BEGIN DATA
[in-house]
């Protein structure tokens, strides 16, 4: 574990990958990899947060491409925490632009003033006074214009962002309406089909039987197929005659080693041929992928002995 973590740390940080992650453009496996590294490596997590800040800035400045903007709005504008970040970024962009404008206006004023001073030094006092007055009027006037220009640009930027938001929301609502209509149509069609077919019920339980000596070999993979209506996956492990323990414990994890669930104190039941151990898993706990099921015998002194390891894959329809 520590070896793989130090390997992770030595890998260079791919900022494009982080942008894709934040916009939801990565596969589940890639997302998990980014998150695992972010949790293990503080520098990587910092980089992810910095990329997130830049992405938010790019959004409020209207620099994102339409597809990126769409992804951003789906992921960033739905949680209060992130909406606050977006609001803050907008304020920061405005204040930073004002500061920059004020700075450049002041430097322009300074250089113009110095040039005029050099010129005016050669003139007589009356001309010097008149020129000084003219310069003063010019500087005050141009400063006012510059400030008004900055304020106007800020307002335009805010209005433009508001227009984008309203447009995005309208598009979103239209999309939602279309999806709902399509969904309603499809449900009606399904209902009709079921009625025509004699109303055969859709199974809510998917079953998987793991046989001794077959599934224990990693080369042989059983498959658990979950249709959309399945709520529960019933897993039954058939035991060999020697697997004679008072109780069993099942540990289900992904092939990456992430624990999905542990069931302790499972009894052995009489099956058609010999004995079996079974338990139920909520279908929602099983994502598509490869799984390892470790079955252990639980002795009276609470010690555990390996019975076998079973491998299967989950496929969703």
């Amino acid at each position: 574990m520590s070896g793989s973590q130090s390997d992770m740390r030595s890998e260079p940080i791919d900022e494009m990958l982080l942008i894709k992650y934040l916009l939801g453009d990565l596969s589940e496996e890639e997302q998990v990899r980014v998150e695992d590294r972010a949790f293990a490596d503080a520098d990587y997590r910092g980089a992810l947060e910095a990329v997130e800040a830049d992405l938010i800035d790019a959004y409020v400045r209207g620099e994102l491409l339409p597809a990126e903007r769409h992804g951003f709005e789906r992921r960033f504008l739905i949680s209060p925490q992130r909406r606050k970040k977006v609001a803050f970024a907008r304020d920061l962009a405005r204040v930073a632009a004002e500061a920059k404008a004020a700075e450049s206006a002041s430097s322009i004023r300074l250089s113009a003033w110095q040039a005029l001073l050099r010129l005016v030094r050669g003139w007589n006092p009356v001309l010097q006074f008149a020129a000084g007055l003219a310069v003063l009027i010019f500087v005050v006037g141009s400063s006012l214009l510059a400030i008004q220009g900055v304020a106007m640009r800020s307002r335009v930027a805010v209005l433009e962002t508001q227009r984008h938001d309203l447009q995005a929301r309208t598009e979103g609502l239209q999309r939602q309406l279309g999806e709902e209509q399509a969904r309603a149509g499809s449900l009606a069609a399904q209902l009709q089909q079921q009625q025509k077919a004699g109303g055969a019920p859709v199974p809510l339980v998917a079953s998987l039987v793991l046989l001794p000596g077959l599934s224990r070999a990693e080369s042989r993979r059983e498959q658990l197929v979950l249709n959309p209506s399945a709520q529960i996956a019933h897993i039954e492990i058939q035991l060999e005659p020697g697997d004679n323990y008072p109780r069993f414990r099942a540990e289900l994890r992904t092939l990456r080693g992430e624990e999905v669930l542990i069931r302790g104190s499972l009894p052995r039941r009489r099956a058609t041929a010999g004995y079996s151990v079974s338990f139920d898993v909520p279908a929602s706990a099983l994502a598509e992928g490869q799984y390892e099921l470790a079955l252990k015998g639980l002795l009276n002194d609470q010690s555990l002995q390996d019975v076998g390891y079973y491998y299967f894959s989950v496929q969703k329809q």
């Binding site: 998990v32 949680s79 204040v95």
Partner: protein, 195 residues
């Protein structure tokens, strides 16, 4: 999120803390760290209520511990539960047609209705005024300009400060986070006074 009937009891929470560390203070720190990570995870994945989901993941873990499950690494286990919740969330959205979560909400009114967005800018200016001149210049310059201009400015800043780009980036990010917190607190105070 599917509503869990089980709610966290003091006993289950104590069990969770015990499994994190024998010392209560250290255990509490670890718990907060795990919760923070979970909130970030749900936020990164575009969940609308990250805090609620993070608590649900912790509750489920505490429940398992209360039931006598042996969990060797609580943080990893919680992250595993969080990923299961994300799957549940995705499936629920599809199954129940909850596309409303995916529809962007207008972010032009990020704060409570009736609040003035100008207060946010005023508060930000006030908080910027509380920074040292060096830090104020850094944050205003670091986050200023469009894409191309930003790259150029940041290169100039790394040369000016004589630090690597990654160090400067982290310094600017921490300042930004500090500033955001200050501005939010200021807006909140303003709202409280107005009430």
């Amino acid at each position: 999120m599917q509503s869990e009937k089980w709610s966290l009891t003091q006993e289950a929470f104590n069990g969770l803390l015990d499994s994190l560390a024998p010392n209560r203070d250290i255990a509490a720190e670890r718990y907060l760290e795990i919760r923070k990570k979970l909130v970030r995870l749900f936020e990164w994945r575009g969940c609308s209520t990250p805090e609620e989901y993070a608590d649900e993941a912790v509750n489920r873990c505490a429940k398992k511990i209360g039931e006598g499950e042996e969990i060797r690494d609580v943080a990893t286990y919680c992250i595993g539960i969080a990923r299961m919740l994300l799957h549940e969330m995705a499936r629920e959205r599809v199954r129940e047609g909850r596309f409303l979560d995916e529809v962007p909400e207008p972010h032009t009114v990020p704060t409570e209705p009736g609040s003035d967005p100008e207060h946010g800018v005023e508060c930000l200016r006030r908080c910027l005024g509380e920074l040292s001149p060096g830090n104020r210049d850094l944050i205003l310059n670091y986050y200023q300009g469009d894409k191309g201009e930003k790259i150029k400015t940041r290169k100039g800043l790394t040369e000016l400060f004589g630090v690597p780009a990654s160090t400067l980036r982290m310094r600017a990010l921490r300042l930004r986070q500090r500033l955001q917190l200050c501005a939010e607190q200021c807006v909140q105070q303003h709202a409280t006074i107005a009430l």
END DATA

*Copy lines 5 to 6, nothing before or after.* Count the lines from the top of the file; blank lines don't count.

Partner: protein, 195 residues
């Protein structure tokens, strides 16, 4: 999120803390760290209520511990539960047609209705005024300009400060986070006074 009937009891929470560390203070720190990570995870994945989901993941873990499950690494286990919740969330959205979560909400009114967005800018200016001149210049310059201009400015800043780009980036990010917190607190105070 599917509503869990089980709610966290003091006993289950104590069990969770015990499994994190024998010392209560250290255990509490670890718990907060795990919760923070979970909130970030749900936020990164575009969940609308990250805090609620993070608590649900912790509750489920505490429940398992209360039931006598042996969990060797609580943080990893919680992250595993969080990923299961994300799957549940995705499936629920599809199954129940909850596309409303995916529809962007207008972010032009990020704060409570009736609040003035100008207060946010005023508060930000006030908080910027509380920074040292060096830090104020850094944050205003670091986050200023469009894409191309930003790259150029940041290169100039790394040369000016004589630090690597990654160090400067982290310094600017921490300042930004500090500033955001200050501005939010200021807006909140303003709202409280107005009430």